Both programs reduced the odds that children would end up in special education. The impact was most pronounced among More at Four participants, whose chance of special education placement was cut by 48 percent in fifth grade. Their chance of being held back during elementary school was lowered by 29 percent.

"We are confident that the effects of North Carolina's two signature programs, which are nationally regarded programs, hold up through the end of elementary school," Dodge said.

The researchers found the state's investment in both programs totaled an average of $2,200 per child during the 13-year study period.

Smart Start began in 1993 and expanded to all 100 N.C. counties beginning in the 1998-99 school year. It is focused on child care, health and screening services for children from birth to age 5.

More at Four began in 2001 and has since been renamed NC Pre-K. It targets early education to at-risk 4-year-olds. By 2010, about 25 percent of all North Carolina 4-year-olds were served.

The impacts were seen in students across economic levels, and research suggests a "spillover" effect to classmates of the students who were enrolled in state preschool programs. Sustaining the gains also depends on having quality K-12 education after preschool, Dodge said.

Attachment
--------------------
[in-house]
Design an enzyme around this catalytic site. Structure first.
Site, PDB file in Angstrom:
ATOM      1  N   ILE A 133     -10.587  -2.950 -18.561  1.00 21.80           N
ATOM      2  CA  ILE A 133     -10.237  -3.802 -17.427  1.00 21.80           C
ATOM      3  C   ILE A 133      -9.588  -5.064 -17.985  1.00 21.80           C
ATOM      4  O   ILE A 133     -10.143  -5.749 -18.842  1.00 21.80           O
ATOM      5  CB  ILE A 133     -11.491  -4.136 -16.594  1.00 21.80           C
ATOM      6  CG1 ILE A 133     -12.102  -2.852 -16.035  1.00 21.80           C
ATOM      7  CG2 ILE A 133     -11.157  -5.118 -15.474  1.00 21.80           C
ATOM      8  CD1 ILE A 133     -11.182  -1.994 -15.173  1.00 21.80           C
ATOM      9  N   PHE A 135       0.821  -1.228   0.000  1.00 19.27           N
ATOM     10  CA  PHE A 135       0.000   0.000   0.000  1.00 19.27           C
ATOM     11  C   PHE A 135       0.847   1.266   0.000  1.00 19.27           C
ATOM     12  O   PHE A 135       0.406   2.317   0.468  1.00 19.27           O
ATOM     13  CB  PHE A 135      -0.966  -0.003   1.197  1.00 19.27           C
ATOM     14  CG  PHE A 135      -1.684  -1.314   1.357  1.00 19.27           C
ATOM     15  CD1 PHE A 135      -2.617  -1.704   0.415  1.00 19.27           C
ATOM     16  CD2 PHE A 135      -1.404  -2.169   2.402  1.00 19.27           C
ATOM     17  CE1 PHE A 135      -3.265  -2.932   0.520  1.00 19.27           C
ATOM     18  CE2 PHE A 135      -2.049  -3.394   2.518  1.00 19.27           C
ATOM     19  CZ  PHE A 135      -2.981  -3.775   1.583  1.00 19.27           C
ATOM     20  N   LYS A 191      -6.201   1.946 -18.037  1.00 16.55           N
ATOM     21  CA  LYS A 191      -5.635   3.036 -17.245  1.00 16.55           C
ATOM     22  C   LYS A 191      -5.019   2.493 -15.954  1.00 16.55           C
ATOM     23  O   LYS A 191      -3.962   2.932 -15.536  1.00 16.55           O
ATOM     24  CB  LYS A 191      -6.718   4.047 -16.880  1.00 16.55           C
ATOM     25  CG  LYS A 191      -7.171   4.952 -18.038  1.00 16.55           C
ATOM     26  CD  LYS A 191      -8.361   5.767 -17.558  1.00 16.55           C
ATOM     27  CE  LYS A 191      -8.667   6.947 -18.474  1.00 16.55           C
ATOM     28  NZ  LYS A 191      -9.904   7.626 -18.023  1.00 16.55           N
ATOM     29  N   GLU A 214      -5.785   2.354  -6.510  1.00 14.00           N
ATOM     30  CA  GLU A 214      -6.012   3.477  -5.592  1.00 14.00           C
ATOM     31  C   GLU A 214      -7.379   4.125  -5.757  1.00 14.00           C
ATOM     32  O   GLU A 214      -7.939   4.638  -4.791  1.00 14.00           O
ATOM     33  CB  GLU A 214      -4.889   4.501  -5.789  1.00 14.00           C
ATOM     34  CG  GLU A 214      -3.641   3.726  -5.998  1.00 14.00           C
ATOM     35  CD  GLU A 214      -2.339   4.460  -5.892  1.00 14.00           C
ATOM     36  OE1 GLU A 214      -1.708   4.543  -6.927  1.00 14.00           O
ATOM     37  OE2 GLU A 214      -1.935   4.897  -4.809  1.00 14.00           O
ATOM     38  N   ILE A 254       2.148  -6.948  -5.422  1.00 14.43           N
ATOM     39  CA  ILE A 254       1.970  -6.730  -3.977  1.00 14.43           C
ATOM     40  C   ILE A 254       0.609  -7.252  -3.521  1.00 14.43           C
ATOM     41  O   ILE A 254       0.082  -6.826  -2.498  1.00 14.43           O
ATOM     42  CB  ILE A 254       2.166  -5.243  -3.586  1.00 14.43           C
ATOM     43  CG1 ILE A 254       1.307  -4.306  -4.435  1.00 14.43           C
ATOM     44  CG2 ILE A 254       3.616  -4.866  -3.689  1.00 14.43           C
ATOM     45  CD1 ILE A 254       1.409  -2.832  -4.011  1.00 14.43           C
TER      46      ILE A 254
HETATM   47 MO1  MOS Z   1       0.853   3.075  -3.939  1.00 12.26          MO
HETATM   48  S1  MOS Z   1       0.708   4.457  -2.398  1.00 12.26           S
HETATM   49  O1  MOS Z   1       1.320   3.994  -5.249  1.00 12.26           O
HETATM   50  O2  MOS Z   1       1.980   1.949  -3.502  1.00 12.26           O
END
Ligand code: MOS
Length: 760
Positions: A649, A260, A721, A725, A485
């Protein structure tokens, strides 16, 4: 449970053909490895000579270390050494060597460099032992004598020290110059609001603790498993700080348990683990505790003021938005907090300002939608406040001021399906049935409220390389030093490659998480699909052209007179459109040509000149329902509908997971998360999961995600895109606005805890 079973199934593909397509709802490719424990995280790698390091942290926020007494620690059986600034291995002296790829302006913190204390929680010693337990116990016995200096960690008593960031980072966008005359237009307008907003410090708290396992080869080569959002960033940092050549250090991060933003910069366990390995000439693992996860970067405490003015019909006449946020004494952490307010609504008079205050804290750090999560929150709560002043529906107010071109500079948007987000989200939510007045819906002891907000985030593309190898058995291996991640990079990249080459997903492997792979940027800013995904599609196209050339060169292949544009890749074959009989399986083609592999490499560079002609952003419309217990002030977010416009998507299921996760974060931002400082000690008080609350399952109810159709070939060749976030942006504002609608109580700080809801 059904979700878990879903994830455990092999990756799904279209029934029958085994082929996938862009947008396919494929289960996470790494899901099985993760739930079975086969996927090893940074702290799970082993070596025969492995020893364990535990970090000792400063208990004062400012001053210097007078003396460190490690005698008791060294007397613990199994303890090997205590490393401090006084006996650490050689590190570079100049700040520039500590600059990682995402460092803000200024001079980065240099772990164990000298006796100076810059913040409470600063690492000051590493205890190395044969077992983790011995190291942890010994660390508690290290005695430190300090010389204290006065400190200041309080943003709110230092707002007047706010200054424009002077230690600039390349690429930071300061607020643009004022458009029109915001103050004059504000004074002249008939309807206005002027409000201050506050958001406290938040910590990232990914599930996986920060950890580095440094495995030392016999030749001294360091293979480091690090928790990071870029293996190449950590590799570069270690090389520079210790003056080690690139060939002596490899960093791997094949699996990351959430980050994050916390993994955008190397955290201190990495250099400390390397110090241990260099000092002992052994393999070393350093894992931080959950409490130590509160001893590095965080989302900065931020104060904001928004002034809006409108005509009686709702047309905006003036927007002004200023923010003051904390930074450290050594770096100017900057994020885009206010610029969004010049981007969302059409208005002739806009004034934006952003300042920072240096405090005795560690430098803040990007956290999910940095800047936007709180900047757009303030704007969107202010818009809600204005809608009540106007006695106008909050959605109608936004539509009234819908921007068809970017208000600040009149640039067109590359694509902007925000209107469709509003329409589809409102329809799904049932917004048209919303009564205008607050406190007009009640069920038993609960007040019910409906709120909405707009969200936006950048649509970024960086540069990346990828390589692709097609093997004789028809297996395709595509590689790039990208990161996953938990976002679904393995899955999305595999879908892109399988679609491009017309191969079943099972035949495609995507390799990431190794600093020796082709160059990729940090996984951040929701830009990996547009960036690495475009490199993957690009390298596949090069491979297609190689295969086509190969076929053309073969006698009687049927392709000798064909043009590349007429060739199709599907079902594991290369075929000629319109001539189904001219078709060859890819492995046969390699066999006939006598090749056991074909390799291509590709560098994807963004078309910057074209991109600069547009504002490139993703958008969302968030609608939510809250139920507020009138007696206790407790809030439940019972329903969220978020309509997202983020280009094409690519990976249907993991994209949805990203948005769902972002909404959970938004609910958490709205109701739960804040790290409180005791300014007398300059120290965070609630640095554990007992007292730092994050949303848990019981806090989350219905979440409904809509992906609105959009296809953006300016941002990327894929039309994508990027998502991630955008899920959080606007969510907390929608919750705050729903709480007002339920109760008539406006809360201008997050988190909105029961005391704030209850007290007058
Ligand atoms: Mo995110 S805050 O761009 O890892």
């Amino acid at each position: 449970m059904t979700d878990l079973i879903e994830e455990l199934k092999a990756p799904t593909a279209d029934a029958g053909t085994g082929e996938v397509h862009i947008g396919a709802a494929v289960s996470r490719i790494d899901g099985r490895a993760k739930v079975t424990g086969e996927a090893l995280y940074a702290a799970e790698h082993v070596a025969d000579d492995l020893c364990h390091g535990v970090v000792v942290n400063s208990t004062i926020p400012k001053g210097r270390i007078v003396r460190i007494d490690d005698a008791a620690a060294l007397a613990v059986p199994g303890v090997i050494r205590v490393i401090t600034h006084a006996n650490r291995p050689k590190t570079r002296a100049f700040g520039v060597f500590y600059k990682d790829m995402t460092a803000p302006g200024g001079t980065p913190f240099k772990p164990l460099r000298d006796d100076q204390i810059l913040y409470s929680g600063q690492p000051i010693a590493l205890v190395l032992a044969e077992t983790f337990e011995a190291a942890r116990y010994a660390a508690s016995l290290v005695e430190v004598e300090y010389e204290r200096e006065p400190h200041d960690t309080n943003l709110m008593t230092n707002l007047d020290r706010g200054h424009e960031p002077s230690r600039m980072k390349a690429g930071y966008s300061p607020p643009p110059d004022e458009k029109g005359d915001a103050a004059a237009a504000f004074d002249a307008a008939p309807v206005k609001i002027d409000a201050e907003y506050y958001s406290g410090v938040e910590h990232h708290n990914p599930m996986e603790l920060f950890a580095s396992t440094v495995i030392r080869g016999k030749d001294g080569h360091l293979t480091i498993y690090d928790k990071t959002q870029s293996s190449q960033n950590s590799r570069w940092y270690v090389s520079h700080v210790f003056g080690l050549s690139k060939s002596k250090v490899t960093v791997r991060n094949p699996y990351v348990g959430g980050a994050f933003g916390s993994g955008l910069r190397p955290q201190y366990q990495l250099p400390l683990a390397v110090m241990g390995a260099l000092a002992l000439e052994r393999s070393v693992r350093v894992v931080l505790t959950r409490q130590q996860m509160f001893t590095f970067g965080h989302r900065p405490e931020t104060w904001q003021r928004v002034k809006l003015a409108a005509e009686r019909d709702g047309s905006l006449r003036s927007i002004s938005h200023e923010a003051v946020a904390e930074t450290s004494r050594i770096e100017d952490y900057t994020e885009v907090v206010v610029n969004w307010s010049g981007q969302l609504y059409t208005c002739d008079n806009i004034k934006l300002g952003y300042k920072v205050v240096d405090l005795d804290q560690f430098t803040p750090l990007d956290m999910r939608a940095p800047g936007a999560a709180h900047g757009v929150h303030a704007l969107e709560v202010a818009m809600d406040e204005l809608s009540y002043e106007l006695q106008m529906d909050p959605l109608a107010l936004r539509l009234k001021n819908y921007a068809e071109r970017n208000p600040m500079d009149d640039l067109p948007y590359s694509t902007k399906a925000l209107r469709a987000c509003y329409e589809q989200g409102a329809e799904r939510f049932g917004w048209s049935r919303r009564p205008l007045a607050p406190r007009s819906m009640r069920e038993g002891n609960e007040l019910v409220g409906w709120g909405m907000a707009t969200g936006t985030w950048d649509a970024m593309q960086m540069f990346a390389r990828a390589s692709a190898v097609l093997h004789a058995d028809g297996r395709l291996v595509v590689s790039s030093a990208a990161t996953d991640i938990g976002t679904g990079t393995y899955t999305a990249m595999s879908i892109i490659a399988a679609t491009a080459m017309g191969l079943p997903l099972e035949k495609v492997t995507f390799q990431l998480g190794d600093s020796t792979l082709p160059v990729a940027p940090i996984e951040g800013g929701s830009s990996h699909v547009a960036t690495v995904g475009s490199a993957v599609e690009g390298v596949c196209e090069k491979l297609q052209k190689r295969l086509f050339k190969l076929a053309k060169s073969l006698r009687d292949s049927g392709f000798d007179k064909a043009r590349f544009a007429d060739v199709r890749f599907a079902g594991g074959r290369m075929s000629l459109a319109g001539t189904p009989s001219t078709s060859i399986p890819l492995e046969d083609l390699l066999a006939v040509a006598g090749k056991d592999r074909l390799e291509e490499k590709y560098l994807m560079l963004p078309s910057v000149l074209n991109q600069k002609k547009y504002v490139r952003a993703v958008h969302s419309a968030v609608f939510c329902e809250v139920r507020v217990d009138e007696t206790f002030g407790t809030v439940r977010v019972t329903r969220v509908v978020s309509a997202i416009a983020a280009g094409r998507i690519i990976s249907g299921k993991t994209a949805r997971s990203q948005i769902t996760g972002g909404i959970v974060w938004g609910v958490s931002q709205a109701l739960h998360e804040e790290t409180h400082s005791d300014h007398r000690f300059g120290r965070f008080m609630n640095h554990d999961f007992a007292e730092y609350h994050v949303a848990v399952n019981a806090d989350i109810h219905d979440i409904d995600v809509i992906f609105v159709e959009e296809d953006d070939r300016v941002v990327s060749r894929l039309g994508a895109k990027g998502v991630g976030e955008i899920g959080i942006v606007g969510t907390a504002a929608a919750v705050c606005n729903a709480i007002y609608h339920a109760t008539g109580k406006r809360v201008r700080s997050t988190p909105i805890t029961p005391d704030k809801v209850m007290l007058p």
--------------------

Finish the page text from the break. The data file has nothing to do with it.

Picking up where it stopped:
The Duke researchers are now studying whether the positive effects persist into middle school. The team aims to follow the students' progress through high school and beyond.

"I am confident that these findings support the continuation and expansion of both of these programs in North Carolina," Dodge said. "But we need to continue to evaluate whether the programs continue to have a positive impact on these children, because the context changes. We've got to make sure the quality remains high."

Article Written by Jane Stancill for The Charlotte Observer
Dolly Parton Imagination Library Expands to Serve 12 Zip Codes in Mecklenburg County